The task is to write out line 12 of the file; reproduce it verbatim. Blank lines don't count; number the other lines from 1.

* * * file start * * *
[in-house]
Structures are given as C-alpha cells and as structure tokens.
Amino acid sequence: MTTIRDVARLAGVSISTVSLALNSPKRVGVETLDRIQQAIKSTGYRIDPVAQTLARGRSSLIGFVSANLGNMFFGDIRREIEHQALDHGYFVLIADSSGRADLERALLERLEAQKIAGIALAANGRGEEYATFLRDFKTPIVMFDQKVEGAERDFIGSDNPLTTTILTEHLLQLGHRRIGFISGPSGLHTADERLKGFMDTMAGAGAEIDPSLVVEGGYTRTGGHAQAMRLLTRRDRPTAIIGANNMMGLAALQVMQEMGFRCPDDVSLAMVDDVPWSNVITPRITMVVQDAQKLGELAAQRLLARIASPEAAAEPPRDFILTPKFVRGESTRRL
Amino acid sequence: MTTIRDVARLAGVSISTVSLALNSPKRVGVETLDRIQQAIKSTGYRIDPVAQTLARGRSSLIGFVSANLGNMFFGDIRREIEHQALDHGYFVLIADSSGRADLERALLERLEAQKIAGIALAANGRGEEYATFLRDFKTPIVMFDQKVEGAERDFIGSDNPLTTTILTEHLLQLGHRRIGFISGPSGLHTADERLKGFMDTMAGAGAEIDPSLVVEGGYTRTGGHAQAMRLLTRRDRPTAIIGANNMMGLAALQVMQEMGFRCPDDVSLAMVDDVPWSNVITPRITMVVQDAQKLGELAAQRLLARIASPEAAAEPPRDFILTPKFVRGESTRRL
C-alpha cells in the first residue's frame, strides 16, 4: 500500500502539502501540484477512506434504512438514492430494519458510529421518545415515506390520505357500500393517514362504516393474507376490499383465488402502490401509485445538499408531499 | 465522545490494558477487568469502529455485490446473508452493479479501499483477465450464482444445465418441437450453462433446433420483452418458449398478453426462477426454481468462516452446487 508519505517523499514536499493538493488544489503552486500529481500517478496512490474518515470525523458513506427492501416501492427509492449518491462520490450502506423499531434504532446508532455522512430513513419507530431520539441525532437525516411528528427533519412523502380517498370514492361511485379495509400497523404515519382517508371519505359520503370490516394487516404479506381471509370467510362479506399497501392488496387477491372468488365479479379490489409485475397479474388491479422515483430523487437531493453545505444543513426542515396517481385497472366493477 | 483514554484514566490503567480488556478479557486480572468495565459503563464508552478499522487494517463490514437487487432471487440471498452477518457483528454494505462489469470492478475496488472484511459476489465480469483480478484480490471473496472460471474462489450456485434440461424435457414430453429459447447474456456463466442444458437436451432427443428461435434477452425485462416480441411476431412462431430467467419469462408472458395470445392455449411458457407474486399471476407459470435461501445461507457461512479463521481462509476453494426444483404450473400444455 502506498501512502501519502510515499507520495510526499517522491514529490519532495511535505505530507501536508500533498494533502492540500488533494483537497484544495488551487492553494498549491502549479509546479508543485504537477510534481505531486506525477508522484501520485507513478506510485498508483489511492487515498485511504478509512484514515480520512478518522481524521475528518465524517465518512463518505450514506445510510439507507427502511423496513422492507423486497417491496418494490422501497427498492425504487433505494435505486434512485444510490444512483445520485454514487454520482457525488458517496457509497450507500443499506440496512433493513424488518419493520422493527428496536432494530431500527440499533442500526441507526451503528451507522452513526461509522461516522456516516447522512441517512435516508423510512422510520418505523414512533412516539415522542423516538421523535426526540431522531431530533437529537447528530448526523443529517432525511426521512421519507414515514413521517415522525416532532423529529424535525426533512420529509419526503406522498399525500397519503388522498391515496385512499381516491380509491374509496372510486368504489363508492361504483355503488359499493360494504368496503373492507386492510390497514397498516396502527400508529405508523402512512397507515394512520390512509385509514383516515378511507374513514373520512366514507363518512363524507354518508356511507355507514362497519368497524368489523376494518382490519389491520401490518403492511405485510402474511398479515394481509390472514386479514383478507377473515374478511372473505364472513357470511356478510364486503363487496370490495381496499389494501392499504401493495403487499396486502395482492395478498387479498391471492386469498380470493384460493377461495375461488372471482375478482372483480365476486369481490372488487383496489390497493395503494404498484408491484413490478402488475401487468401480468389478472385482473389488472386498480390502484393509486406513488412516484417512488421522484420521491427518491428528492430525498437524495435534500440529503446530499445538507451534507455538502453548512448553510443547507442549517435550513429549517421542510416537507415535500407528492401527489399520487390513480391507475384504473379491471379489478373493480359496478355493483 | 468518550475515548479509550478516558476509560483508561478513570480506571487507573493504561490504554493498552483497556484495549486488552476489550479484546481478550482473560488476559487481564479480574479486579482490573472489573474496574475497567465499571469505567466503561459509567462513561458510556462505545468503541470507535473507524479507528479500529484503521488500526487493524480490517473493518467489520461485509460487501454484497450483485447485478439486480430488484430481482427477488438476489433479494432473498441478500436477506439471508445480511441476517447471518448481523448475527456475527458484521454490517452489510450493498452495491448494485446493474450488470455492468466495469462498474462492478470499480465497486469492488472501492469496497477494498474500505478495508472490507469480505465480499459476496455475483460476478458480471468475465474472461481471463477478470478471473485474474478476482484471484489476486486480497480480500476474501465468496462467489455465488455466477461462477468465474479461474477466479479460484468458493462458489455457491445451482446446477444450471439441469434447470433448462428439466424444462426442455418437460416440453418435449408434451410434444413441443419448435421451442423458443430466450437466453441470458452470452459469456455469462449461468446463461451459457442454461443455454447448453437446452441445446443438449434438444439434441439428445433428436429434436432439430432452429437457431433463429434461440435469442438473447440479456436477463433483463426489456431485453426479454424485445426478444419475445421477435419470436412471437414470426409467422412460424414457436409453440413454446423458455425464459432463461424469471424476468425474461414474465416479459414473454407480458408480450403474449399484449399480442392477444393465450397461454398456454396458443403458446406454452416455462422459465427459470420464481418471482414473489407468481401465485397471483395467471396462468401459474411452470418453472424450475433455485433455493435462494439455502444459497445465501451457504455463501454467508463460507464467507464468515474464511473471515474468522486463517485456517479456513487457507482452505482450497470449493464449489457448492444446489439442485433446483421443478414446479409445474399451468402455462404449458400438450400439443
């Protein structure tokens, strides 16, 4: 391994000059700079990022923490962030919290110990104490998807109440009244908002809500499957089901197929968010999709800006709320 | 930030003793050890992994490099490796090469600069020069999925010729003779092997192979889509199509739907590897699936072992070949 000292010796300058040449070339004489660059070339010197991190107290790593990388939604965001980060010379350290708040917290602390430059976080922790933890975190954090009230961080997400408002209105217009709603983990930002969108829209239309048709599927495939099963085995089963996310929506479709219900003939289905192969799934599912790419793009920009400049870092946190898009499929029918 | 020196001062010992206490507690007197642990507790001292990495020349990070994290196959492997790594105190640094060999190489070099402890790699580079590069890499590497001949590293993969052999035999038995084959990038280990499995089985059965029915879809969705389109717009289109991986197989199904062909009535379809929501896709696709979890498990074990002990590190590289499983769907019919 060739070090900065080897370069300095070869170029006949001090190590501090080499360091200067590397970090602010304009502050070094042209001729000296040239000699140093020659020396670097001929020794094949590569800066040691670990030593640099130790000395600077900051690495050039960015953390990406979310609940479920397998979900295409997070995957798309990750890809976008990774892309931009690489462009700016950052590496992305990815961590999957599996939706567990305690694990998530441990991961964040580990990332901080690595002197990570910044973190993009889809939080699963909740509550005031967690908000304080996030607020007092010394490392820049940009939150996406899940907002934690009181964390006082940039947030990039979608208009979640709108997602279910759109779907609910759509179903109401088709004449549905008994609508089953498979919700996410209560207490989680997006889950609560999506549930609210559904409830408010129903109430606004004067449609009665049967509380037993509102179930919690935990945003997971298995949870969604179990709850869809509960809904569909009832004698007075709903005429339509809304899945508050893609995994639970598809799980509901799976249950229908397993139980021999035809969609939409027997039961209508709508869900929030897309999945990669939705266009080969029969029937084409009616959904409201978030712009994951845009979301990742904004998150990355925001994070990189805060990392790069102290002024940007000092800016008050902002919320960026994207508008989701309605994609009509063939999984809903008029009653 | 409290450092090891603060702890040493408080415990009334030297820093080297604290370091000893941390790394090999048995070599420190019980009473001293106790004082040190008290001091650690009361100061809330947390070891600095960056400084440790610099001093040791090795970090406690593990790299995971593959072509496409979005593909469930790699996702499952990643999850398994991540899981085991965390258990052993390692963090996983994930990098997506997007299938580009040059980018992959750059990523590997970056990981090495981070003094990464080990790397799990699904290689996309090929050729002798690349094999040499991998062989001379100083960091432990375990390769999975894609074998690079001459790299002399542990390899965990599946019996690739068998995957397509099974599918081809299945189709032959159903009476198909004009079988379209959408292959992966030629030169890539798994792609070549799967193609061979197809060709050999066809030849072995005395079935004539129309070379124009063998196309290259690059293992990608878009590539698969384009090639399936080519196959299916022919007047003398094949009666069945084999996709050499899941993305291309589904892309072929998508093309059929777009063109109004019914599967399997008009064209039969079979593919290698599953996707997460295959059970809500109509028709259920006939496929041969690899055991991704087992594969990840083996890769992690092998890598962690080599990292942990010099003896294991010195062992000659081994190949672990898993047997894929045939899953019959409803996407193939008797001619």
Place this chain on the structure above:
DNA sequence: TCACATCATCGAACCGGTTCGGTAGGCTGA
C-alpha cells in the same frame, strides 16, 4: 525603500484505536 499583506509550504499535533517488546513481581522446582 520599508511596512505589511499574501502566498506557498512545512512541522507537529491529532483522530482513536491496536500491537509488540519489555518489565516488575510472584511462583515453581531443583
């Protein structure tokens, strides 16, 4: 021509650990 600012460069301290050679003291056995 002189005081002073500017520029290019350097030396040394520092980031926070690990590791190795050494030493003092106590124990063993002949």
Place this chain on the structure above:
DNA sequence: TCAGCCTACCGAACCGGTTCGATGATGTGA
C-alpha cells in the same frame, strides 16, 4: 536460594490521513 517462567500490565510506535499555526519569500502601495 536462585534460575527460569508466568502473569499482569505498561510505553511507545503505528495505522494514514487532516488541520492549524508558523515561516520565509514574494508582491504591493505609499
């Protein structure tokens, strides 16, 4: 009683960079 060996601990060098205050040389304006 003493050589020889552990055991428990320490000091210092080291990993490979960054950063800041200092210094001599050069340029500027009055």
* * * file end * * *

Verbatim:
DNA sequence: TCAGCCTACCGAACCGGTTCGATGATGTGA